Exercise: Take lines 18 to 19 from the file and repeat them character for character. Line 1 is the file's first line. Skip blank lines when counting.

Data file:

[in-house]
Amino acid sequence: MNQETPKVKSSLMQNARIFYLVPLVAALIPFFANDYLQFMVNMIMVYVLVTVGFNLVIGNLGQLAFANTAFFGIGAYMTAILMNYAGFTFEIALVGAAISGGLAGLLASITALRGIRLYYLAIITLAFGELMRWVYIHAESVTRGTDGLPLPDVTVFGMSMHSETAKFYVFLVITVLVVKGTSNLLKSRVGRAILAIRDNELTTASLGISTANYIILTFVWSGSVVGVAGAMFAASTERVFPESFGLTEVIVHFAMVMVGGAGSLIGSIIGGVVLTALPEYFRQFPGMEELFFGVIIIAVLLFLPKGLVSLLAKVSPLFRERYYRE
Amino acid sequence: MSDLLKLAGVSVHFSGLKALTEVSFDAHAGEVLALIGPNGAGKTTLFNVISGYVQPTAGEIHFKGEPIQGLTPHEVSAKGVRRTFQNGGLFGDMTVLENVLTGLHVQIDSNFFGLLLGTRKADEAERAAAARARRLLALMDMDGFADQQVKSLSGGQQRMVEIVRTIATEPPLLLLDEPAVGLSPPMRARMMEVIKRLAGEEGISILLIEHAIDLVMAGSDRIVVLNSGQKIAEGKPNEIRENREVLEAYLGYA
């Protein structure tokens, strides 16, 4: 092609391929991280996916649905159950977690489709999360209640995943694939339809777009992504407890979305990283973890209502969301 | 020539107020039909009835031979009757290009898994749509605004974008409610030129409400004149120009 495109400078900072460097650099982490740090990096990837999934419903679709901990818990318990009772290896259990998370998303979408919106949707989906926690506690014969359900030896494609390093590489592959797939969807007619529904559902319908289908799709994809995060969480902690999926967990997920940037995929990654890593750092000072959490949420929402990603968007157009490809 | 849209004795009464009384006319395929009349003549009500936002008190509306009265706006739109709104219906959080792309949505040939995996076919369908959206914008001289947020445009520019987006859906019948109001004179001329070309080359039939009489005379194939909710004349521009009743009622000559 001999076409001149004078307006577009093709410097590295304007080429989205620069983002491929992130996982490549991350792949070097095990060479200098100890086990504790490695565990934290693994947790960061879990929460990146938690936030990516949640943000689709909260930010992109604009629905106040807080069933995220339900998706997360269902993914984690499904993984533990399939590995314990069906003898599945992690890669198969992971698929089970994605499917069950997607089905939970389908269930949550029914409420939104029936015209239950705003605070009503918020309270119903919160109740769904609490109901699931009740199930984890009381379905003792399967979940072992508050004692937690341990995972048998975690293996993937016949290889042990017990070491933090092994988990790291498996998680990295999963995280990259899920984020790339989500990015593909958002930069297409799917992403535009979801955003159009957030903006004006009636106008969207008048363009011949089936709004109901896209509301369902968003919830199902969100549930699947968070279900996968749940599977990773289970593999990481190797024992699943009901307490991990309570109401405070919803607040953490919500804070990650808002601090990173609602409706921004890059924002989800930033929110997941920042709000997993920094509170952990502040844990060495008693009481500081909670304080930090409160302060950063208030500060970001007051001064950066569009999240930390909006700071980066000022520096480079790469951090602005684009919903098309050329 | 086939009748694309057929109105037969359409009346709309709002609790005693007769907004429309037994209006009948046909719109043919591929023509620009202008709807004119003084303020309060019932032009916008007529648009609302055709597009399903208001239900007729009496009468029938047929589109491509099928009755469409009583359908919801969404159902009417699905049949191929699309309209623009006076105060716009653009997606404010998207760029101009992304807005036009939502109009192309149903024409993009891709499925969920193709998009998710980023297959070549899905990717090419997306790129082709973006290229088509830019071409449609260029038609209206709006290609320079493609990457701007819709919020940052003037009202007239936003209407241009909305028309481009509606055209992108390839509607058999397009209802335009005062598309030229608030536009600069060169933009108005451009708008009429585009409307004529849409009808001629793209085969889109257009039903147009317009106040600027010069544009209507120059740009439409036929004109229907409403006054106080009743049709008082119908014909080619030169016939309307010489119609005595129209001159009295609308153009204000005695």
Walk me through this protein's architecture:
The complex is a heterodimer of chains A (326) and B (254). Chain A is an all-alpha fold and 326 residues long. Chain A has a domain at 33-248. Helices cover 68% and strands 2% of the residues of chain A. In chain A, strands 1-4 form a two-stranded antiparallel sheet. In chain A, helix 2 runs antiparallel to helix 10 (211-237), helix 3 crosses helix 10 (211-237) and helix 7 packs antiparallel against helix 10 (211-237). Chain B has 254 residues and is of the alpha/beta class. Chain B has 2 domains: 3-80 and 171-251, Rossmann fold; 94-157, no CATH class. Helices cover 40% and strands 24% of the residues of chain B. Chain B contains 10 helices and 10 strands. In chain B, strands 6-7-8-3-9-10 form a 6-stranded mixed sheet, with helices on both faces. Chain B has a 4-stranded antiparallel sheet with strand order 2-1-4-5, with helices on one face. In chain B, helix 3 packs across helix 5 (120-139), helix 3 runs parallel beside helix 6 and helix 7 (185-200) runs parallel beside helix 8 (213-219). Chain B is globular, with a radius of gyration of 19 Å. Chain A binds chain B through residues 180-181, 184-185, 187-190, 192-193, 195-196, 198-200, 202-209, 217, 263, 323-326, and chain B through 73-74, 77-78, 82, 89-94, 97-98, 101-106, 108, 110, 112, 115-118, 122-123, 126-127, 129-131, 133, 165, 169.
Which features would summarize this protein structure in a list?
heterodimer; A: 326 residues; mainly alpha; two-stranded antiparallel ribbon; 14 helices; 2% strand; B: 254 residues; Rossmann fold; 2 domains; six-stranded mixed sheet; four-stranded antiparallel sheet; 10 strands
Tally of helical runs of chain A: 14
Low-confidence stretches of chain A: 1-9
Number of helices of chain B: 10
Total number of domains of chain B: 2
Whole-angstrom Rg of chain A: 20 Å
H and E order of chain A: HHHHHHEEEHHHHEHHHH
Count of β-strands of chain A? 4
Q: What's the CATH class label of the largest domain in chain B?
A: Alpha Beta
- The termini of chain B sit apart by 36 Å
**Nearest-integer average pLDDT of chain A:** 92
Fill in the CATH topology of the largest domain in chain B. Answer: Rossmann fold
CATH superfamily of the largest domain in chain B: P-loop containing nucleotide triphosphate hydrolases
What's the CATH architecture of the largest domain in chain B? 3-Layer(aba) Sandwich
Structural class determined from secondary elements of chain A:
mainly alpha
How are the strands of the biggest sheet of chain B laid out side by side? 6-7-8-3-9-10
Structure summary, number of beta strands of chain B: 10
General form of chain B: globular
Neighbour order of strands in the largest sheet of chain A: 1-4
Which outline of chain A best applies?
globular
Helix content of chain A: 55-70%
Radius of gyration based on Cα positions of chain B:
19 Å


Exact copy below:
- The termini of chain B sit apart by 36 Å
**Nearest-integer average pLDDT of chain A:** 92